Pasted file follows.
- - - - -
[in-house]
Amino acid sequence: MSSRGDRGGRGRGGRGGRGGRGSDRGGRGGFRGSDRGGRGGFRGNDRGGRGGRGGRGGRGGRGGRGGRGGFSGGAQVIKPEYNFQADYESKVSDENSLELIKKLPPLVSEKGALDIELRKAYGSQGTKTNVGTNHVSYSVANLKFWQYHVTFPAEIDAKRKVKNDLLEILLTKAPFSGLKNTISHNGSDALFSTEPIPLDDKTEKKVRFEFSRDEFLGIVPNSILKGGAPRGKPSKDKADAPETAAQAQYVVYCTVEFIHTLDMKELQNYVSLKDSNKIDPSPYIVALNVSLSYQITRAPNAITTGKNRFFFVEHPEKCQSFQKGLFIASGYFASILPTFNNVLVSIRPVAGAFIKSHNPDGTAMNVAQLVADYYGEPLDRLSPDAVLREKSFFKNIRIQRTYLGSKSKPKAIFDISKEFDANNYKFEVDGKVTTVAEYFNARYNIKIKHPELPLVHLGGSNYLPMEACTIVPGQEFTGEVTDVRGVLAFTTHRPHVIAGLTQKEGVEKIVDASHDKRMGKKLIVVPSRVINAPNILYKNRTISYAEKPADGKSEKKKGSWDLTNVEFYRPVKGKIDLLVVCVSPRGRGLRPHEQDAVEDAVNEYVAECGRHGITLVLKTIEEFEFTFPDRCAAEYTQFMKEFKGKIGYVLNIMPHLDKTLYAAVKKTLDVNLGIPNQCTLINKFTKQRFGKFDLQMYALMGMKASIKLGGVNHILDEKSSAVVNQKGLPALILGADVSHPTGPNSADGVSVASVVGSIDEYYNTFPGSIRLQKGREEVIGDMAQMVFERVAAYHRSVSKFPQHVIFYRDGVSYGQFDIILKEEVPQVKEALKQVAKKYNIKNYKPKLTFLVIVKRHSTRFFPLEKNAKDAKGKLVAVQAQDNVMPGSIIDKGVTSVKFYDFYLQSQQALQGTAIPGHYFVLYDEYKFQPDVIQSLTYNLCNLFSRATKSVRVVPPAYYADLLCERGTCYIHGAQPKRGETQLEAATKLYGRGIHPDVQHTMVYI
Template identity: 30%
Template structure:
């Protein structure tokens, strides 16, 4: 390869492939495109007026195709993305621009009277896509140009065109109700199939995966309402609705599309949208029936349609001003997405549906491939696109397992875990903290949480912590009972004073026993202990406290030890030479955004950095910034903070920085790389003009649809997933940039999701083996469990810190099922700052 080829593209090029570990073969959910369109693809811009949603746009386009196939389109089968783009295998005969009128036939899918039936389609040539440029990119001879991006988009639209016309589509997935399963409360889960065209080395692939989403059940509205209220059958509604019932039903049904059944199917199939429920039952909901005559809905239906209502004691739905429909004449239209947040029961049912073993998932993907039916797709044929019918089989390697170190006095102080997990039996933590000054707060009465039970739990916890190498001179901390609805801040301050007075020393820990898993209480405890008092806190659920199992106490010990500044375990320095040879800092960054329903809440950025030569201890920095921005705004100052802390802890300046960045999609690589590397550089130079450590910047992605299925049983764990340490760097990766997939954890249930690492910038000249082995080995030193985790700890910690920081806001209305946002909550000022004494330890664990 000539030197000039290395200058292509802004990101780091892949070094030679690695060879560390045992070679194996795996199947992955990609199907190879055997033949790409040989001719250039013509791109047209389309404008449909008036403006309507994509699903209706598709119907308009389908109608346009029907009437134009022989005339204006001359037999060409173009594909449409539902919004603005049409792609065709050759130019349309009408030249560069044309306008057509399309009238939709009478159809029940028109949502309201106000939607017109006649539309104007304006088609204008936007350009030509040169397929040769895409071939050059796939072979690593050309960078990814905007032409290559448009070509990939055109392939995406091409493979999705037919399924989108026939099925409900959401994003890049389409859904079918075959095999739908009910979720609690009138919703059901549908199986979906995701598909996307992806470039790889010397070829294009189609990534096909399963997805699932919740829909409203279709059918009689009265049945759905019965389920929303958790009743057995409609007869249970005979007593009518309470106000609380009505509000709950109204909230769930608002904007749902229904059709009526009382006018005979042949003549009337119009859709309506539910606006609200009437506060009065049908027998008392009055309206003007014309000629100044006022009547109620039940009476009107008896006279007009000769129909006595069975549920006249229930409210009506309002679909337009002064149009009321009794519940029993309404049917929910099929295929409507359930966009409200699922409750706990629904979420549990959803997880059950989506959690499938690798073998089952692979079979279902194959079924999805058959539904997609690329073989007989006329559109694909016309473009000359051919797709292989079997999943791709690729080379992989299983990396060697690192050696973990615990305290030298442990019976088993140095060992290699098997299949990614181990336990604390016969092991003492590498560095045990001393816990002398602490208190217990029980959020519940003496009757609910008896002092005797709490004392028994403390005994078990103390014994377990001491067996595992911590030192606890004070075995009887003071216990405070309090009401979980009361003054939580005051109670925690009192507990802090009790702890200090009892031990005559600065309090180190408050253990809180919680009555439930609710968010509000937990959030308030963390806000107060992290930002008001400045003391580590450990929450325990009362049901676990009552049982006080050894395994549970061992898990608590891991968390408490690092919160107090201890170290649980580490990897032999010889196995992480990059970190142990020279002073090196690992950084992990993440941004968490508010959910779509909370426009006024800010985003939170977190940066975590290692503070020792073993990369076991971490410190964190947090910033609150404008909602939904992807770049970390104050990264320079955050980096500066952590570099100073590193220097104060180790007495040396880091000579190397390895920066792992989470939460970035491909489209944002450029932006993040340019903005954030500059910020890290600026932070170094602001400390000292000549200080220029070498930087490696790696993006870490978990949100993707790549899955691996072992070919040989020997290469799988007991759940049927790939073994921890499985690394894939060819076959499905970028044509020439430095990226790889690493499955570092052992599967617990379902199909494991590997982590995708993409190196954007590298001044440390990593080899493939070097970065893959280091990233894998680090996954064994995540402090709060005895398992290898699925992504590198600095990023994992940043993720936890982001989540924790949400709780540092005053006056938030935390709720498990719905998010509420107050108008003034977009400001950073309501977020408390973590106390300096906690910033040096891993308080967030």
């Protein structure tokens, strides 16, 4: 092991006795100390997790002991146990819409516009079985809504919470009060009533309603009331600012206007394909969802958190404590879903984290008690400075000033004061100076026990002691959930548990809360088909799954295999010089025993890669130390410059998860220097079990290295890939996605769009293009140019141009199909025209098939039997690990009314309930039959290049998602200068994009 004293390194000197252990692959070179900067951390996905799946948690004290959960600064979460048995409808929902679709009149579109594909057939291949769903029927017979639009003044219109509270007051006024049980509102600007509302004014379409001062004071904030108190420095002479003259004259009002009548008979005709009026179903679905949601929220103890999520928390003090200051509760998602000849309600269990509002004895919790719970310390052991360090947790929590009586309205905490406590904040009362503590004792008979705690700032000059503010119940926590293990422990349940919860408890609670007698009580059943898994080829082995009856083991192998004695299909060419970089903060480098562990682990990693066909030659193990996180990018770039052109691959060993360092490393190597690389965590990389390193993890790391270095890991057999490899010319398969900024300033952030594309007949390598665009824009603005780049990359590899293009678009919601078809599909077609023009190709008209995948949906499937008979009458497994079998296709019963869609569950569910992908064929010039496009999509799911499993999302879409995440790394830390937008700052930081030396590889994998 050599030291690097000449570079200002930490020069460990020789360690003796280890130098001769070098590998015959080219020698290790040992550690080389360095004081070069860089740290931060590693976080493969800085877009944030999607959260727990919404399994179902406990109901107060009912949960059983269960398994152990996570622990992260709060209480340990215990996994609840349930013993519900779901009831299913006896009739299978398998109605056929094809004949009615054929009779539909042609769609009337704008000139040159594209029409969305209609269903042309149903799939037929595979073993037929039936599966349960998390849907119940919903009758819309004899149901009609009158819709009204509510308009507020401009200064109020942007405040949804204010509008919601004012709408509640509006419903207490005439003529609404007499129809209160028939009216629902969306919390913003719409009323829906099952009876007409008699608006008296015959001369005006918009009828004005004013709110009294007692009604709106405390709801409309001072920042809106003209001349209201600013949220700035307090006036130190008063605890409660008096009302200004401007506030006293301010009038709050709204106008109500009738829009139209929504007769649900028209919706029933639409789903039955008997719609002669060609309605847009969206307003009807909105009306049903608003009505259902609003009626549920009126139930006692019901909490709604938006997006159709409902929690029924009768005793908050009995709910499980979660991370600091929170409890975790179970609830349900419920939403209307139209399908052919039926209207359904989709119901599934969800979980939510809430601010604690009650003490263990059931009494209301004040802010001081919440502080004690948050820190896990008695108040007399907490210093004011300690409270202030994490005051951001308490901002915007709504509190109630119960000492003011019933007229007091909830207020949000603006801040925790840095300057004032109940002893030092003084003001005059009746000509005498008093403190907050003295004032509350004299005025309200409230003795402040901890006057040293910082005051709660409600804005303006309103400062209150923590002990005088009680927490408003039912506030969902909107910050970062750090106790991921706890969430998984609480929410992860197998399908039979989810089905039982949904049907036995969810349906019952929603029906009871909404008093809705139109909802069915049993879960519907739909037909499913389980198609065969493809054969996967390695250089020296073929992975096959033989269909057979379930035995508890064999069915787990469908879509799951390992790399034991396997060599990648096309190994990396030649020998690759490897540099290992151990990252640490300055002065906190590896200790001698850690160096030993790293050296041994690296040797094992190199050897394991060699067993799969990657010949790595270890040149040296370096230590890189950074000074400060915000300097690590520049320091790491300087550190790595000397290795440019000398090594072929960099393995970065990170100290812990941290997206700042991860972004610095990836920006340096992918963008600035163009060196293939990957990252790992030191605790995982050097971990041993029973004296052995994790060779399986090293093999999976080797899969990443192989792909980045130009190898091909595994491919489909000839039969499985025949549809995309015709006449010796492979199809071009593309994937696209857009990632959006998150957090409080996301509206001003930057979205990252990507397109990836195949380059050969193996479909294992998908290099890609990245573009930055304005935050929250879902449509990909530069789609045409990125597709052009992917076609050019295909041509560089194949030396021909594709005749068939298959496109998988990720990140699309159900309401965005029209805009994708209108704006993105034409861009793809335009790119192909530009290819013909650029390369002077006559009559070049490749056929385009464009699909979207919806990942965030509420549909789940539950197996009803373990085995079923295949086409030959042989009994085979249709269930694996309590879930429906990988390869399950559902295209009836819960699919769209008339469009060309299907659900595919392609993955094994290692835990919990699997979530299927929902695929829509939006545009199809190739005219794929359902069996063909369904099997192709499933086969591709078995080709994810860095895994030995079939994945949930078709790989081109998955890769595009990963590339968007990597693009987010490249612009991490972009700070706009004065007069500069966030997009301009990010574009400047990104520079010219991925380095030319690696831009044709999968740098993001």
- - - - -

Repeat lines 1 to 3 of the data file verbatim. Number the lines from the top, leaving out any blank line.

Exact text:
[in-house]
Amino acid sequence: MSSRGDRGGRGRGGRGGRGGRGSDRGGRGGFRGSDRGGRGGFRGNDRGGRGGRGGRGGRGGRGGRGGRGGFSGGAQVIKPEYNFQADYESKVSDENSLELIKKLPPLVSEKGALDIELRKAYGSQGTKTNVGTNHVSYSVANLKFWQYHVTFPAEIDAKRKVKNDLLEILLTKAPFSGLKNTISHNGSDALFSTEPIPLDDKTEKKVRFEFSRDEFLGIVPNSILKGGAPRGKPSKDKADAPETAAQAQYVVYCTVEFIHTLDMKELQNYVSLKDSNKIDPSPYIVALNVSLSYQITRAPNAITTGKNRFFFVEHPEKCQSFQKGLFIASGYFASILPTFNNVLVSIRPVAGAFIKSHNPDGTAMNVAQLVADYYGEPLDRLSPDAVLREKSFFKNIRIQRTYLGSKSKPKAIFDISKEFDANNYKFEVDGKVTTVAEYFNARYNIKIKHPELPLVHLGGSNYLPMEACTIVPGQEFTGEVTDVRGVLAFTTHRPHVIAGLTQKEGVEKIVDASHDKRMGKKLIVVPSRVINAPNILYKNRTISYAEKPADGKSEKKKGSWDLTNVEFYRPVKGKIDLLVVCVSPRGRGLRPHEQDAVEDAVNEYVAECGRHGITLVLKTIEEFEFTFPDRCAAEYTQFMKEFKGKIGYVLNIMPHLDKTLYAAVKKTLDVNLGIPNQCTLINKFTKQRFGKFDLQMYALMGMKASIKLGGVNHILDEKSSAVVNQKGLPALILGADVSHPTGPNSADGVSVASVVGSIDEYYNTFPGSIRLQKGREEVIGDMAQMVFERVAAYHRSVSKFPQHVIFYRDGVSYGQFDIILKEEVPQVKEALKQVAKKYNIKNYKPKLTFLVIVKRHSTRFFPLEKNAKDAKGKLVAVQAQDNVMPGSIIDKGVTSVKFYDFYLQSQQALQGTAIPGHYFVLYDEYKFQPDVIQSLTYNLCNLFSRATKSVRVVPPAYYADLLCERGTCYIHGAQPKRGETQLEAATKLYGRGIHPDVQHTMVYI
Template identity: 30%